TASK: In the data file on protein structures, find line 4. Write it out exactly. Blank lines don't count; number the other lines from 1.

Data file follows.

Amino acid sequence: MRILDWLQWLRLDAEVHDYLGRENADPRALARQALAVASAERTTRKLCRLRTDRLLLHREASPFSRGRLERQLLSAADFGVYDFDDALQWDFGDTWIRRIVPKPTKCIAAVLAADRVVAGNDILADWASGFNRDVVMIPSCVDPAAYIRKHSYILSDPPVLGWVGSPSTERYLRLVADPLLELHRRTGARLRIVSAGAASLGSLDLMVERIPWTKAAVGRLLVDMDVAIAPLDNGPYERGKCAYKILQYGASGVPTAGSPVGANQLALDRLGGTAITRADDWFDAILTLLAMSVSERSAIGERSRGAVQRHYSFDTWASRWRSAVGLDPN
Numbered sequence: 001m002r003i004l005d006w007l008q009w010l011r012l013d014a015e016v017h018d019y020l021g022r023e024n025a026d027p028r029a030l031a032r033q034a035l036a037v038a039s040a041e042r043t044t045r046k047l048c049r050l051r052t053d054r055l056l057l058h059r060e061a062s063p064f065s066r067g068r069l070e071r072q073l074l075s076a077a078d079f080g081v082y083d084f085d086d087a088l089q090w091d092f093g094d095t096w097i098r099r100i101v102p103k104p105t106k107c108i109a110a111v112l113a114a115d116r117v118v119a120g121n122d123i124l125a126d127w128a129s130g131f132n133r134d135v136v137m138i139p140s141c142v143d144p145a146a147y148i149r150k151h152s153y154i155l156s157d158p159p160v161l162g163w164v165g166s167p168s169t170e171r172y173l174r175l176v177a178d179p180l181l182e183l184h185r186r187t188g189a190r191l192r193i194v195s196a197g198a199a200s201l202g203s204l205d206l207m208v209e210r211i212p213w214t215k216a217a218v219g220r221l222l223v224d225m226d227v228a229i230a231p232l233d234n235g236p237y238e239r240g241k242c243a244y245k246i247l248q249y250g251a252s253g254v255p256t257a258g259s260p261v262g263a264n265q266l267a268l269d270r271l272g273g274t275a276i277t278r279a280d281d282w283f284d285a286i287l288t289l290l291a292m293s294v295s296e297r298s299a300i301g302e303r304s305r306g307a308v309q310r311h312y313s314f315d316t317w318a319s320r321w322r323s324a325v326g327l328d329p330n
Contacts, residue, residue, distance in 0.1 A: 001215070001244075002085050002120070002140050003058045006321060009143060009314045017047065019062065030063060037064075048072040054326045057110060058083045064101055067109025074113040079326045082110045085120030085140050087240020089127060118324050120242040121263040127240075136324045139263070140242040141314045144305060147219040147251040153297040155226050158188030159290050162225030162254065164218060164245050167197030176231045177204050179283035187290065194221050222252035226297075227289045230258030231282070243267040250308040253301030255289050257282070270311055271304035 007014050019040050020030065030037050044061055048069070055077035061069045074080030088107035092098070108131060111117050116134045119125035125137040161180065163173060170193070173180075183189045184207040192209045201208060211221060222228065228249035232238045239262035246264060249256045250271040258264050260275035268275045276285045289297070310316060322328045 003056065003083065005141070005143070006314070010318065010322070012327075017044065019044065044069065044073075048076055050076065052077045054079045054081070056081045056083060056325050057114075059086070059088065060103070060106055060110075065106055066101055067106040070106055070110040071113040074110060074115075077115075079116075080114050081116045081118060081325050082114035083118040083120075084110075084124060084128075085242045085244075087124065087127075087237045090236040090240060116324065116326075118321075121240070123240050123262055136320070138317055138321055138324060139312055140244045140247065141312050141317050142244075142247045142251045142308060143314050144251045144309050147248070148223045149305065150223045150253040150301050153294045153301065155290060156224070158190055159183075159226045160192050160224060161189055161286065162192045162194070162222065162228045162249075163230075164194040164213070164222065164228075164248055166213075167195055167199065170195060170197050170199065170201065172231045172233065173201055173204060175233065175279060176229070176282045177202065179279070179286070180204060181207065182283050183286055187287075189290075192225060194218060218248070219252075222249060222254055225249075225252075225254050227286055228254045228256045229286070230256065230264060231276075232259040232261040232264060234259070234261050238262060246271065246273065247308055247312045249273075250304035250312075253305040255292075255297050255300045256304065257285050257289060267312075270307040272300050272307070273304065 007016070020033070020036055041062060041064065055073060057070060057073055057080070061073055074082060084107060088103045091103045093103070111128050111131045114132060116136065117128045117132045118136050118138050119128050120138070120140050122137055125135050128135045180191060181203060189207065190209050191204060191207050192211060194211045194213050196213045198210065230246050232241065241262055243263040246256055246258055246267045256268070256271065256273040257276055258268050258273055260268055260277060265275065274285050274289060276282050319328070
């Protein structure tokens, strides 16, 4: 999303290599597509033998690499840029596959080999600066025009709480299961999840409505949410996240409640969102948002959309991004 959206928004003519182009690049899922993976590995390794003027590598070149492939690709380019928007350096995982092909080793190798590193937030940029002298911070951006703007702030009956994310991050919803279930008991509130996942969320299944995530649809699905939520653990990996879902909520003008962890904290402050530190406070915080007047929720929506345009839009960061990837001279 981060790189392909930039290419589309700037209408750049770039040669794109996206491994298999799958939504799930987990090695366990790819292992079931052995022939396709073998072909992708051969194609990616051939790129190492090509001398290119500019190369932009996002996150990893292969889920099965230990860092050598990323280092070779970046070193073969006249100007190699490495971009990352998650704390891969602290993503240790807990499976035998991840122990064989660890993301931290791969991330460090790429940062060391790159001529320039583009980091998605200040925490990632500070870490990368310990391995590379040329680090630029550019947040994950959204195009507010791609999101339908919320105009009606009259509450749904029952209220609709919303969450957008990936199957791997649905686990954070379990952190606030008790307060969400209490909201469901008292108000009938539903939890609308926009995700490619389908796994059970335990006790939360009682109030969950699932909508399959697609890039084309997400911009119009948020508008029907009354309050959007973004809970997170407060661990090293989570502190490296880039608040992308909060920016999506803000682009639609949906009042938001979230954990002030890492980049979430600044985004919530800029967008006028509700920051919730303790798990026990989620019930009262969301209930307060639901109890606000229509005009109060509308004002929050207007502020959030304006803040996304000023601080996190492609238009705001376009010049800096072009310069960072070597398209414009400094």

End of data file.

């Protein structure tokens, strides 16, 4: 999303290599597509033998690499840029596959080999600066025009709480299961999840409505949410996240409640969102948002959309991004 959206928004003519182009690049899922993976590995390794003027590598070149492939690709380019928007350096995982092909080793190798590193937030940029002298911070951006703007702030009956994310991050919803279930008991509130996942969320299944995530649809699905939520653990990996879902909520003008962890904290402050530190406070915080007047929720929506345009839009960061990837001279 981060790189392909930039290419589309700037209408750049770039040669794109996206491994298999799958939504799930987990090695366990790819292992079931052995022939396709073998072909992708051969194609990616051939790129190492090509001398290119500019190369932009996002996150990893292969889920099965230990860092050598990323280092070779970046070193073969006249100007190699490495971009990352998650704390891969602290993503240790807990499976035998991840122990064989660890993301931290791969991330460090790429940062060391790159001529320039583009980091998605200040925490990632500070870490990368310990391995590379040329680090630029550019947040994950959204195009507010791609999101339908919320105009009606009259509450749904029952209220609709919303969450957008990936199957791997649905686990954070379990952190606030008790307060969400209490909201469901008292108000009938539903939890609308926009995700490619389908796994059970335990006790939360009682109030969950699932909508399959697609890039084309997400911009119009948020508008029907009354309050959007973004809970997170407060661990090293989570502190490296880039608040992308909060920016999506803000682009639609949906009042938001979230954990002030890492980049979430600044985004919530800029967008006028509700920051919730303790798990026990989620019930009262969301209930307060639901109890606000229509005009109060509308004002929050207007502020959030304006803040996304000023601080996190492609238009705001376009010049800096072009310069960072070597398209414009400094």